6. — How would you characterize the present state of anarchist activity (outside the realm of theory and propaganda)?
I don’t think that they can be separated. I also would not characterise it – because it is different in different places in the world. Here in South Africa, it’s weak, in part because there are so few anarchists, in part because much of what anarchist do here is feels dead and not of this place. People doing interesting things here are often quite anarchistic – like certain subgroups of the Fallists – but authoritarian socialisms overwhelmingly dominate.
7. — How would you characterize the present state of anarchist theory and propaganda?
I don’t know about all the different places in the world. I’m experiencing a tension where I ask myself if this a US-centric questionnaire or if I should speak so generally as to grossly reproduce my own prejudices, or just speak to my context and ignore the broader parts of the question. I think that anarchists have so far failed to do the work of making new classics that speak to the changes in anarchism. The Conquest of Bread has the N word in it. I’d like to see people producing texts that capture anarchism’s complete nature at present. Aside from that, small, localised pieces speaking to specific situations seems to me overall desirable, and I’m not sure who is doing that, and where.
8. — What are the most urgent changes to be made in anarchist practice moving forward?
I don’t know enough to say without a more localised context. Also if it is not asked together with the the people involved, taking into account their desires and capacities, it feels quite meaningless. Which is not to say that we could come up with a good answer even then. Talking about changes to Anarchist Practice like anarchism is some kind of transcendent entity seems to me antithetical to anarchism.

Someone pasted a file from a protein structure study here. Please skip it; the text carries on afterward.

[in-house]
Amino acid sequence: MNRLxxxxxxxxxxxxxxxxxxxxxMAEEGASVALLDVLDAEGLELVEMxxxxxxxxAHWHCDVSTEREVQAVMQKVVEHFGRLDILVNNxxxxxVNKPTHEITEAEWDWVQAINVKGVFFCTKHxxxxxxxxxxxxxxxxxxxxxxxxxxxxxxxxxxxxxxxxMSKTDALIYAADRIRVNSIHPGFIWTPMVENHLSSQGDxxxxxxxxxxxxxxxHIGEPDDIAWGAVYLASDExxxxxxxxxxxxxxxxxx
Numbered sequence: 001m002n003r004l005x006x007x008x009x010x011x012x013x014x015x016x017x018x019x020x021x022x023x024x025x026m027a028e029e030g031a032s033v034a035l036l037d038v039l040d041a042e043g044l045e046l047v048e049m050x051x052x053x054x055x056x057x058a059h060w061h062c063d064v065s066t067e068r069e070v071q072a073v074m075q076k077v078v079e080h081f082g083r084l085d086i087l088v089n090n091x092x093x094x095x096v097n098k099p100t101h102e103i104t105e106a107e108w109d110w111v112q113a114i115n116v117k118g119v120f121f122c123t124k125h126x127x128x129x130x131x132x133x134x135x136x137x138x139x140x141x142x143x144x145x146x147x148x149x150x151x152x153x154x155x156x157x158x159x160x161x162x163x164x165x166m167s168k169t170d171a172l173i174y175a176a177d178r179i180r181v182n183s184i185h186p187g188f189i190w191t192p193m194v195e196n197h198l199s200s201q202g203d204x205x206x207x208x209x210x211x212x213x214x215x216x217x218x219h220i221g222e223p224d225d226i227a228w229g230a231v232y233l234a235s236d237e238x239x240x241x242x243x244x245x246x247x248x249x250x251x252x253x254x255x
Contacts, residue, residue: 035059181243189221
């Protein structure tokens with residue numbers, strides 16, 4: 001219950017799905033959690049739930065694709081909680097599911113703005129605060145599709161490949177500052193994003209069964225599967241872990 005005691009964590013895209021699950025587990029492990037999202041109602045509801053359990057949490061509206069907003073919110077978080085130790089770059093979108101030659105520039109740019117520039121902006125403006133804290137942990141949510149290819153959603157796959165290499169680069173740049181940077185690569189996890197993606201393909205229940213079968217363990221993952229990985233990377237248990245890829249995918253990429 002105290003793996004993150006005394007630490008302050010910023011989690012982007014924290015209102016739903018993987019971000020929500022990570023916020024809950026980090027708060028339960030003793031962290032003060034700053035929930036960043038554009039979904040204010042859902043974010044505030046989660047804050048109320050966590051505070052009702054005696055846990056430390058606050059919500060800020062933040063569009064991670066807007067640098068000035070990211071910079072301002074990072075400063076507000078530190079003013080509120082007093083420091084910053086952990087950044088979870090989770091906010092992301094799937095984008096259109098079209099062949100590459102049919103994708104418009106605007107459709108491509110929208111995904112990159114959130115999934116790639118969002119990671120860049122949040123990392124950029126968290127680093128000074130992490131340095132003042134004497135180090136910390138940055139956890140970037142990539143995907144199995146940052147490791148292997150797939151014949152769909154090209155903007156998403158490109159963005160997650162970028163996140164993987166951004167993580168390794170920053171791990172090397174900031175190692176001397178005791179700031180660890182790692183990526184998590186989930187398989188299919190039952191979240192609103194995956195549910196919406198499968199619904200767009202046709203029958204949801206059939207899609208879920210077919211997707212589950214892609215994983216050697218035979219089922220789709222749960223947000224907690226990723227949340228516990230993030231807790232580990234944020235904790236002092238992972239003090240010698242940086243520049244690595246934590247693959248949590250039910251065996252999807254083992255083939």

9. — What is the role of some kind of “anarchist unity” moving forward? What form could or should that unity take?
Not for me to decide. I will take a case-by-case approach.
10. — What are the greatest needs with regard to new anarchist theory, propaganda, literature and art?
Aside from saying more, better, and more effective, I don’t know what else to say (and don’t think it’s very useful to say) without knowing what is possible with other people. Presumably we’re all already doing our best. Where I’m from it seems more useful to experiment, because there isn’t a lot of anarchist history to learn from – that is, it’s hard to tell ahead of time what tactics would be effective or not because many have not been tried and many others would likely be shunned.
11. — Do you currently identify with any particular anarchist current or tendency — and, if so, how do you characterize your position?
I have been doing the slow work of trying to create a new tendency emergent from my location and position within it. I can say that I am heavily influenced by specific elements of decolonial theory, postcolonial theory, race theory, black feminism, queer theory, intersectional feminism, poststructuralist theory (in particular Deleuze & Guattari), and post-left/post-situationist critique. I treat each as a tool and identify only insofar as it is useful to in a context.
12. — What additional questions would it be useful to pose to a broad anarchist audience?
13. — Would you be interested in participating in future surveys, perhaps addressing more specific elements of anarchist theory, practice and culture?